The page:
Please start with a fresh copy of this app: Adopt Me!

Like I have said before in this class, many of React's newest features are for Facebook's problems, not yours. When you are rendering a page like the feed of you have a myriad of issues that normal people don't have.

  • There many teams working on that page. Whole teams are dedicated to little widgets
  • They have data coming from everywhere.
  • There a lot of DOM nodes on that page. Even fast computer would struggle with a lot of trash on that page.
  • The faster the page is the more money they make. A half second of page load is literally millions of dollars to them.

Most of us are not in the above bucket. But when you are, certain problems arise and Facebook needs to solve those for themselves. Transitions are one of these solutions to one of these classes of problems.

Imagine you're doing a re-render of a large newsfeed of information and a user clicks on one of the side widgets that opens the top menu. What would you expect to happen. If a user caught the exact moment that the big newsfeed was re-rendering, it could cause a moment of jank: two big things are happening at the exact same. For most of us that is an acceptable risk and one we wouldn't pursue to solve any further unless it was a massive issue. For Facebook, it is a big issue. Lots of stuff is rendering and users can cause their site to feel janky with their clicking. So Facebook made transitions.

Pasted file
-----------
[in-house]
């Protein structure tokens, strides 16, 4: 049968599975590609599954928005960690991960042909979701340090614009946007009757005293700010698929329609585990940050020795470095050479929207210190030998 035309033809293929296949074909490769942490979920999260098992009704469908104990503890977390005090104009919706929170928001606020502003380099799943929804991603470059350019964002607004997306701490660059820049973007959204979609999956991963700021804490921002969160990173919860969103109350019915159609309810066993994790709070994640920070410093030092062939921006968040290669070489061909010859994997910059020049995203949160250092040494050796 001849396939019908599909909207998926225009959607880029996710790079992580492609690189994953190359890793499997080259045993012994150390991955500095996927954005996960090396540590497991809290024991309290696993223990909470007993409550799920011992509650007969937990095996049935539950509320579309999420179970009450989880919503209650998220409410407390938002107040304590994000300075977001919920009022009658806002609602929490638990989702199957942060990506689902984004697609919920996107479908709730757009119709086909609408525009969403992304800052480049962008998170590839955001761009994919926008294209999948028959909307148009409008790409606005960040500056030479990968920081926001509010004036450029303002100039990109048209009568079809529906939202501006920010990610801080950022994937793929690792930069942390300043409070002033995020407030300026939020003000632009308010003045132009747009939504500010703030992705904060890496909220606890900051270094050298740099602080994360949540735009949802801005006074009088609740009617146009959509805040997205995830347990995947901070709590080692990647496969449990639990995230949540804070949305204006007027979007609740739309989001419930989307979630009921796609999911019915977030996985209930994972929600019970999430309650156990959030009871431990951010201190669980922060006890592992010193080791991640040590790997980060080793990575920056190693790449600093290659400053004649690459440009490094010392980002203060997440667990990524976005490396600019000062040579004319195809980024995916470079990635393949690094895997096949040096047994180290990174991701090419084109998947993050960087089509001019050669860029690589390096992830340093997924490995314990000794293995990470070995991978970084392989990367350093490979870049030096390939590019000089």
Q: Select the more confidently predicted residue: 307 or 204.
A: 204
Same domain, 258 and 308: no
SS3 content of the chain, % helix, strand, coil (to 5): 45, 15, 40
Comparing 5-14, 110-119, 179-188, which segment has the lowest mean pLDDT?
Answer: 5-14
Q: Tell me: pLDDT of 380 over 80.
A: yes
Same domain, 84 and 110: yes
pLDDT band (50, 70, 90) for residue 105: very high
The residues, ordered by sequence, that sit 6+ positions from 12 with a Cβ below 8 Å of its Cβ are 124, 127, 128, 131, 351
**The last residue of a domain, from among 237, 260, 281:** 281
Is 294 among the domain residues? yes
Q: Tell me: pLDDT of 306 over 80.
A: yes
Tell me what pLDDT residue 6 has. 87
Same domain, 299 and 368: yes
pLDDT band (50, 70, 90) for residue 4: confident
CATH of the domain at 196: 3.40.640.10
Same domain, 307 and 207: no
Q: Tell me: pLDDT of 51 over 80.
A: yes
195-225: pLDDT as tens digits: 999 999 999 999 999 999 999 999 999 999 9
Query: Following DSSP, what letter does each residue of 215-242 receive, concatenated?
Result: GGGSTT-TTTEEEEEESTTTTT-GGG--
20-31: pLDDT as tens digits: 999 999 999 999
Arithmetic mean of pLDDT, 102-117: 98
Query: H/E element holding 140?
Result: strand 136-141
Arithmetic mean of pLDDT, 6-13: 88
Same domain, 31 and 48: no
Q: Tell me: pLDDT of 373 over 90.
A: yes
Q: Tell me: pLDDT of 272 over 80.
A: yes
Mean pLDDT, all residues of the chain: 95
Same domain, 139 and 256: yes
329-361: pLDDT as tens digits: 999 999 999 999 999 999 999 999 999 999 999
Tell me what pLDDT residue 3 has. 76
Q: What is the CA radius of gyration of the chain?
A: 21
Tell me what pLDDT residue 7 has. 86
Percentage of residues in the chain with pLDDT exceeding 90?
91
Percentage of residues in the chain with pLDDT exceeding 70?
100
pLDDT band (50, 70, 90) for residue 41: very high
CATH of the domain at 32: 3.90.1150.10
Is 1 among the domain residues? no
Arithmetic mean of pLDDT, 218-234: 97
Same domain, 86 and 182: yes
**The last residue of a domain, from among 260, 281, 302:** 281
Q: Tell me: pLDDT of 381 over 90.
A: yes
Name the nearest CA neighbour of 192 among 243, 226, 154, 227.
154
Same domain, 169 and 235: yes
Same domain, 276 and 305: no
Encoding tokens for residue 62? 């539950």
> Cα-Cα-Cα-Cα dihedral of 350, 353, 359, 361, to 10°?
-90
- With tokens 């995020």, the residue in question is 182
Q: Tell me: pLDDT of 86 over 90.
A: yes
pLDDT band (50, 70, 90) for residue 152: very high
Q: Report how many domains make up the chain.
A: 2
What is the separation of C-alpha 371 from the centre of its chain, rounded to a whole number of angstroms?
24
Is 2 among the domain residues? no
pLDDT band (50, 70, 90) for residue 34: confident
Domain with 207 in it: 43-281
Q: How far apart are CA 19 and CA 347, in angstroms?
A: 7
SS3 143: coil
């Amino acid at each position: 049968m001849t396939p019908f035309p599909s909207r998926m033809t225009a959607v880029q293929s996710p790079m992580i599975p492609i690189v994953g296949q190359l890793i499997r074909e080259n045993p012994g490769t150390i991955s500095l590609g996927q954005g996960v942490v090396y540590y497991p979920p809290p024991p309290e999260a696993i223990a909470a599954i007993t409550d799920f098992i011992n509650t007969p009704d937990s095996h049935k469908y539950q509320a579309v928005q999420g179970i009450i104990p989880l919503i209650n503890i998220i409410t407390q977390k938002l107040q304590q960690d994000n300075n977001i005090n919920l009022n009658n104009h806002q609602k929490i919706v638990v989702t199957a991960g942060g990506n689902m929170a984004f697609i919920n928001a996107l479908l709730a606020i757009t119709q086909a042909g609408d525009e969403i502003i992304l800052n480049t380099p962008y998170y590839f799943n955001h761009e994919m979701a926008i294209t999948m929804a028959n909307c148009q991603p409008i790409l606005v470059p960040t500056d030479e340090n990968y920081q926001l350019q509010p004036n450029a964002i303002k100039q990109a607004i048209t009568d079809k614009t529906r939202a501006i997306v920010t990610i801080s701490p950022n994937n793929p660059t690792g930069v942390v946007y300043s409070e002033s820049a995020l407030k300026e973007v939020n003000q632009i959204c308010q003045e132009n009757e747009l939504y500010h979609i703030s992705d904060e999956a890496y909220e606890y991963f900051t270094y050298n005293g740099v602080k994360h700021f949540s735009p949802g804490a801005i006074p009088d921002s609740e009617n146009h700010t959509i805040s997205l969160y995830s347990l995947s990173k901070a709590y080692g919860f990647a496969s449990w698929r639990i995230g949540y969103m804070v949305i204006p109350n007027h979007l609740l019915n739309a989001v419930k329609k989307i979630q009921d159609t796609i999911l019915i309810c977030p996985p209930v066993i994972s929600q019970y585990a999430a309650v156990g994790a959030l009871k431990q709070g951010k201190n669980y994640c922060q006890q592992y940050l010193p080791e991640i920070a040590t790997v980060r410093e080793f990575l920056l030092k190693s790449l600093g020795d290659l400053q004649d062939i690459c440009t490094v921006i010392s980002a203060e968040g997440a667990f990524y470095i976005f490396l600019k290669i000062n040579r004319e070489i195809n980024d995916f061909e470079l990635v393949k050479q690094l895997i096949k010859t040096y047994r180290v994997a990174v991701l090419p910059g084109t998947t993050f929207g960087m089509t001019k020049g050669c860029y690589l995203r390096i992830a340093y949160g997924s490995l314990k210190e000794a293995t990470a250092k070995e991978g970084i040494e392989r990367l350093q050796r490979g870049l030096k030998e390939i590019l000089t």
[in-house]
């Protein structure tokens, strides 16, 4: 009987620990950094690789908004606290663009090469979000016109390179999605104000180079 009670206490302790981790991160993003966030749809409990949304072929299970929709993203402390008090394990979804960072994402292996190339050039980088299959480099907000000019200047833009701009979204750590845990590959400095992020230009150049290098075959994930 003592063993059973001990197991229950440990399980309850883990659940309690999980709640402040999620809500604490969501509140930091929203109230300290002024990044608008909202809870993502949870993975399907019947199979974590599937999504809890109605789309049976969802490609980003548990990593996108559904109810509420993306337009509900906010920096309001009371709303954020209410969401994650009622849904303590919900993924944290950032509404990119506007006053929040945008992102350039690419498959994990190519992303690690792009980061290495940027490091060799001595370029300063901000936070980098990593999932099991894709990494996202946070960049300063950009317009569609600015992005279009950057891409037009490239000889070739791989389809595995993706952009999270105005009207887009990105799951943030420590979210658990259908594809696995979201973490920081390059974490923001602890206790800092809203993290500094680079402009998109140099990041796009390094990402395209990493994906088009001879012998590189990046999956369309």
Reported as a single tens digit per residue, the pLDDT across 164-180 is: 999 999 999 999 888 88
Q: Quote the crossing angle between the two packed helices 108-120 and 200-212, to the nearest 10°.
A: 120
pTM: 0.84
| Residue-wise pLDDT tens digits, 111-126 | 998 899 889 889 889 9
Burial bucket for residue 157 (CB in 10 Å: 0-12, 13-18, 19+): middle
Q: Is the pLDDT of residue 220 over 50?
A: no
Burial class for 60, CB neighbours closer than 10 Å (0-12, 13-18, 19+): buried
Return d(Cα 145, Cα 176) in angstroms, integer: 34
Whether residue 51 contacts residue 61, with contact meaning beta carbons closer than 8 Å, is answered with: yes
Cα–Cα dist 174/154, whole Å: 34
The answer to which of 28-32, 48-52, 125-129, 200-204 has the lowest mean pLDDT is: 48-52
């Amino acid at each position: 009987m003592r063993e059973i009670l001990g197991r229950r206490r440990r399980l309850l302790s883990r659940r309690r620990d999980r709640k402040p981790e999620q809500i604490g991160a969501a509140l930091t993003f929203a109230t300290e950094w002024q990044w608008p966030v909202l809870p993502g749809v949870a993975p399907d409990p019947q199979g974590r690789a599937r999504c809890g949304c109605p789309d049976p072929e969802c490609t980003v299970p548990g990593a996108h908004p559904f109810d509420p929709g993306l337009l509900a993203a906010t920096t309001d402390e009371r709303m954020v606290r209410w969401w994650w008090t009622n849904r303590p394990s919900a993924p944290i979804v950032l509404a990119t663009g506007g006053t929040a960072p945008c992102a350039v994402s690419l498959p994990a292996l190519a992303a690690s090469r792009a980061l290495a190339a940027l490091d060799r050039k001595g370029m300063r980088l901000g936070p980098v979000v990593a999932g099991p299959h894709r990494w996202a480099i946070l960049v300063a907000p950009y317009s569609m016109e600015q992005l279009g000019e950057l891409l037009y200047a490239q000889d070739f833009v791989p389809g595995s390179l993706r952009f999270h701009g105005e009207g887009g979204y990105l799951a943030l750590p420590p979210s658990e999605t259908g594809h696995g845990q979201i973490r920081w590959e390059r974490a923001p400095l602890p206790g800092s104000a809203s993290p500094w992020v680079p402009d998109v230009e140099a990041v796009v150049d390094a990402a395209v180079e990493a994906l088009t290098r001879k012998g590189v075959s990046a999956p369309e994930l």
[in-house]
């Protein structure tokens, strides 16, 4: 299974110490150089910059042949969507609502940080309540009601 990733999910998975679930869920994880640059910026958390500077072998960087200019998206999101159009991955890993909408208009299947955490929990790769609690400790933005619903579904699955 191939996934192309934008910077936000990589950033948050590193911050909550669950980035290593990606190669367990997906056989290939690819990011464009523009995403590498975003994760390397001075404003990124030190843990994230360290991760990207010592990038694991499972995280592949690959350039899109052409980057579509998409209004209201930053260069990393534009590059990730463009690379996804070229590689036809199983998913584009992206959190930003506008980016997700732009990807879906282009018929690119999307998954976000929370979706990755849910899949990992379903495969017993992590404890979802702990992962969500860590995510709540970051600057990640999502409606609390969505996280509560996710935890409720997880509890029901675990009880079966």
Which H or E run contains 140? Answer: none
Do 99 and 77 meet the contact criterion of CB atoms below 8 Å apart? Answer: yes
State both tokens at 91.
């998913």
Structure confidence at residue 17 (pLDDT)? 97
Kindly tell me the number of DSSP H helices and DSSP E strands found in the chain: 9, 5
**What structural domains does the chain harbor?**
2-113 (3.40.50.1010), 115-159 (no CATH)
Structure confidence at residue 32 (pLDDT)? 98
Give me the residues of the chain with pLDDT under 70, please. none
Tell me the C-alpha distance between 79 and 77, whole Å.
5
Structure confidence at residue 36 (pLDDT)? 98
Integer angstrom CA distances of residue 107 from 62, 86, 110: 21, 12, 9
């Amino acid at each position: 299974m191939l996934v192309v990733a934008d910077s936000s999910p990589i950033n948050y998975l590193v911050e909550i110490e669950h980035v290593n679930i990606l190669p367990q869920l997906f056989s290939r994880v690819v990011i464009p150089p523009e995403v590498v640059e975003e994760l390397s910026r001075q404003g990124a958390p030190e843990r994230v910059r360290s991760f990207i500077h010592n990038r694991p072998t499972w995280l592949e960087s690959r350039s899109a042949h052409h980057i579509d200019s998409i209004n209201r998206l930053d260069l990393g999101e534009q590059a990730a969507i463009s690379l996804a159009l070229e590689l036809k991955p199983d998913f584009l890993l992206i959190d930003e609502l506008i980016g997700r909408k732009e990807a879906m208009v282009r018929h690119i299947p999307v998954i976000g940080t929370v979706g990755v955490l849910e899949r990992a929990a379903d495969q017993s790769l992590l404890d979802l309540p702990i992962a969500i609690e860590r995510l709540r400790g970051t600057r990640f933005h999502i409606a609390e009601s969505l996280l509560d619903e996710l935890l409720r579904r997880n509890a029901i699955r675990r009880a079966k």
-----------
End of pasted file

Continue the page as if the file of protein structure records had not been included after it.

The idea behind transitions is some of your renders are low priority: if they need to be interrupted they can be. What you don't want is to interrupt user intent: if a user clicks on a thing then you want drop everything to make sure that click felt responsive. We are going to use a hook called useDeferredValue to accomplish exactly this.

We're going to code this and it's going to feel like it does nothing. Because it's essentially going to do nothing for us. useDeferredValue is useful when a lot of things are happening. This is a performance trick and should only be used when you actually have a performance issue.

Right now the biggest re-render in app is when our app gets a new batch of pets to render. Imagine if we had three hundred pets to render: that actually could take a while. And if in the mean time a user clicked a button to adopt a pet or re-search for something else, we'd want to drop rendering other pets and focus on what the user asked for. So let's see that.

Open SearchParams.jsx.

// replace react import
import { useContext, useDeferredValue, useMemo, useState } from "react";

// under pets declaration
const deferredPets = useDeferredValue(pets);
const renderedPets = useMemo(
  () => <Results pets={deferredPets} />,

// replace <Results /> line
  • useDeferredValue takes in a value and gives you a cached version of it: that cached version may be current or it may a stale one as it works through a re-render. Evenutally it will be the current one
  • We then need to use that cached version. So we use useMemo to make a version of the component that can be used and won't change until the deferredPets value changes (otherwise it'll just re-render every time anyway)

That's really it. The idea here is you have some part of your app that when it re-renders it causes jank in other parts of your app and it can be slowed down a bit without issue. useDeferredValue is exactly for that.